A more-introspective-than-usual Mayor Rahm Emanuel reflected on his third year in office Friday, saying the decision to shutter dozens of Chicago Public Schools was the hardest he’s had to make and acknowledging his hard-charge personality has rubbed many the wrong way.
Emanuel also said more has to be done to make all of the city’s children feel safe and admitted the city’s school system would benefit if he developed a better working relationship with Chicago Teachers Union President Karen Lewis, who led a teachers' strike in 2012.
The mayor’s self-evaluation came three years to the day after he took the oath of office in Millennium Park. During an interview with WTTW-Ch. 11’s Phil Ponce before a crowd of 600 University of Chicago alumni, Emanuel was asked if he could have made his decision to close 49 elementary schools last spring in a way that would not have alienated so many people.
“I’ve asked that question a lot … the hardest decision in the last three years was that decision. I’ve made my general rule, not to look out for my political future but for the future of the city of Chicago,” Emanuel replied. “I don’t know whether you could say there’s a way to do it where you’re not going to make people angry, because you are taking away something and changing people’s lives.”
The mayor said that for him, the schools for too long had suffered on a “path of least resistance that led to the road of lost potential.”
“I knew it would have political consequences for me,” Emanuel said. “I couldn’t in good conscience say to myself in this tenure of my mayoralty that I’ve chosen my political career over a child’s education. I’m not saying people are going to like what I did, and I know they’re not, but I couldn’t live with myself.”
Pressed on whether the public school system would be better off if he and arch nemesis Lewis got along, Emanuel responded: “Without a doubt. Without a doubt.”
“There’s no doubt working together is much better,” he said.
In answering a question about whether his at times abrasive personality had alienated people who could help him, Emanuel had a rare moment of concession.
“The short answer is yes,” said Emanuel, who then turned to a line he’s used before. “My wife has always said that if she had a fourth child she would name it Patience, as just a subtle reminder on a daily basis that there is another tempo in life.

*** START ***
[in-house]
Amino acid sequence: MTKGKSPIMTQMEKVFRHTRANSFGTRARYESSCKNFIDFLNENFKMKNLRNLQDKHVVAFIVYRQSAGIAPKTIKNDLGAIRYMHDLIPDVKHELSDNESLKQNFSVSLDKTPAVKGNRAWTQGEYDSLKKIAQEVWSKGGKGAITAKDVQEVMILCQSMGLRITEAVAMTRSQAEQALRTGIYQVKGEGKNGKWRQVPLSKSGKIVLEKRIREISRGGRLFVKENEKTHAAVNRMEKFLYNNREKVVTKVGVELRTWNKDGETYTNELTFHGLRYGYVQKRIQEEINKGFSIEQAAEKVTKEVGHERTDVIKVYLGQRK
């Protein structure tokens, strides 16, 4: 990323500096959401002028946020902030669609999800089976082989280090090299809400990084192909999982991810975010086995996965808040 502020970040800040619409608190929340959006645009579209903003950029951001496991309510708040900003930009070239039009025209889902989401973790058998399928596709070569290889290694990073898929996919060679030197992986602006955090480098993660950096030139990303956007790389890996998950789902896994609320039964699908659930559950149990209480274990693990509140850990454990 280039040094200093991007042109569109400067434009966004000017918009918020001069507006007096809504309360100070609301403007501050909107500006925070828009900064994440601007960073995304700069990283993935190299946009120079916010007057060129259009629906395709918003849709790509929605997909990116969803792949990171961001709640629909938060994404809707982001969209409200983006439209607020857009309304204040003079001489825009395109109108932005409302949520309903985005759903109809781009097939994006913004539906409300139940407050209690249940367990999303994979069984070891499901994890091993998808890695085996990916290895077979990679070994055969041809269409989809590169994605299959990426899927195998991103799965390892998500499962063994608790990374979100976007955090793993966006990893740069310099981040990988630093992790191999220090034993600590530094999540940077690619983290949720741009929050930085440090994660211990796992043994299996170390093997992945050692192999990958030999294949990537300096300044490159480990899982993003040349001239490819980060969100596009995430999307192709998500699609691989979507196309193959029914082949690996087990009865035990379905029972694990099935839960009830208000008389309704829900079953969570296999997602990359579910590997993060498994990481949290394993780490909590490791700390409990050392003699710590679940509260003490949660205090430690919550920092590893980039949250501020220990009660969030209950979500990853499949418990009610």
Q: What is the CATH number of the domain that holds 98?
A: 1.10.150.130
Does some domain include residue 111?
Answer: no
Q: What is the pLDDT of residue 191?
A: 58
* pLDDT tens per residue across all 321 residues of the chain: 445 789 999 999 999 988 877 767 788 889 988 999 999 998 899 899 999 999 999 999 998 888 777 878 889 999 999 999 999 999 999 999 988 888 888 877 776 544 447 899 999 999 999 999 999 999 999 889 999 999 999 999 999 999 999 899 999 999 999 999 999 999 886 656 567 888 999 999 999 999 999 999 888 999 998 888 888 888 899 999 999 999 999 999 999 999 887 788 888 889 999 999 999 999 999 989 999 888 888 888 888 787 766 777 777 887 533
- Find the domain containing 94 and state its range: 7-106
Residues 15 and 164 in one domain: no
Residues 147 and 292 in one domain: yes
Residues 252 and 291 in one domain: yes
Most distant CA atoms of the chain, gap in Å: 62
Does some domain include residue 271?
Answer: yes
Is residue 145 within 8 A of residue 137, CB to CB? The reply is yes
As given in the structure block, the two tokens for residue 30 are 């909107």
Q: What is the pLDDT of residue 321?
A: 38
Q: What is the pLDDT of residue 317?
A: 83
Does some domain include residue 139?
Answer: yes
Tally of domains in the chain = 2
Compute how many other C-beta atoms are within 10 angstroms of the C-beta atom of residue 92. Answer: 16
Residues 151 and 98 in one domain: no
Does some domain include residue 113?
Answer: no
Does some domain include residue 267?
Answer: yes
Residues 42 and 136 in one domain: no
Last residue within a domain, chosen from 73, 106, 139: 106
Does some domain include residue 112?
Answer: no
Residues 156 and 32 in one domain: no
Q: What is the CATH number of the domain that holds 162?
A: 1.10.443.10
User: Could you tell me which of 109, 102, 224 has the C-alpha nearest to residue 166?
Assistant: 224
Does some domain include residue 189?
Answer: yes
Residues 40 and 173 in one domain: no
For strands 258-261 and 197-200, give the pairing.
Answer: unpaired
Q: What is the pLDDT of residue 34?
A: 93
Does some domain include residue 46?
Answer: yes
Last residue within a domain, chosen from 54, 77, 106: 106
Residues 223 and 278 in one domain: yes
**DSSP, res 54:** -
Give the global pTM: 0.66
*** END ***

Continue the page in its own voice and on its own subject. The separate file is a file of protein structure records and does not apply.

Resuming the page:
“The very way I pursue things is to get the things that I think are important,” he said. “That level of pursuit with a blunt focus both helps and hurts and me.”
Emanuel also addressed the violent crime that continues to dog the city. While homicides have dropped, Chicago continues to have a reputation for rampant gun violence.
The mayor said he’s less concerned about the city’s reputation than he is by the fact that many children and families continue to live their lives in fear because of the frequency of gang shootings.
Emanuel then told the crowd how he calls the families of gun violence victims and invites some to visit at City Hall. On Thursday, he said, one family visited, including a girl who is a sophomore in high school, but isn’t attending class for fear of being hurt.
“The perception I’m worried about is the perception of the child who was in my office yesterday who was too scared to go out of her house to school,” Emanuel said. “That’s the perception problem with crime.”
Asked what more he could do to fix that, the mayor said he envisions a day when there is an after school program for every child. He also cited a need for tougher gun control laws.
And in classic Emanuel form, the mayor also used the event to apply political pressure to Democratic Gov. Pat Quinn to sign a city pension bill. The measure sitting on the governor’s desk would require many city workers to pay more toward their retirement and get less in benefits to help erase a pension fund shortfall. The city would put more money into the system, and the mayor has suggested a property tax increase would be the source of those funds.
“I helped the governor and my administration helped the governor pass the state’s pension reforms, because I thought creating that path was key for us to have a path to go down,” he said. “I think if the city and labor comes together, Springfield should ratify it, because we’re the parties to that agreement and let us get on with the business of securing people’s pensions and securing the economic future of the city of Chicago.”
Emanuel acknowledged many challenges remain as he enters the final year of his first term, including the looming increased payments required to the police and fire pensions if reforms aren’t made. But he insisted he had changed the culture of City Hall, from working to eliminate Chicago’s budget deficit to better positioning the city’s finances for the future.
“This is my third year anniversary. I started this at 6’2, 250 pounds and now I’m 150 dripping wet,” he joked. “ I know we have other challenges. But what I inherited and the practices that got us there, are they very different? Yes … We have changed the way we’re doing business.”
But Emanuel said he recognizes many of his changes have rubbed voters the wrong away.
“Change is never easy. The hard part about politics is having people understand change is a friend, not a foe,” he said. “I make no bones that I’ve brought about a period of change.”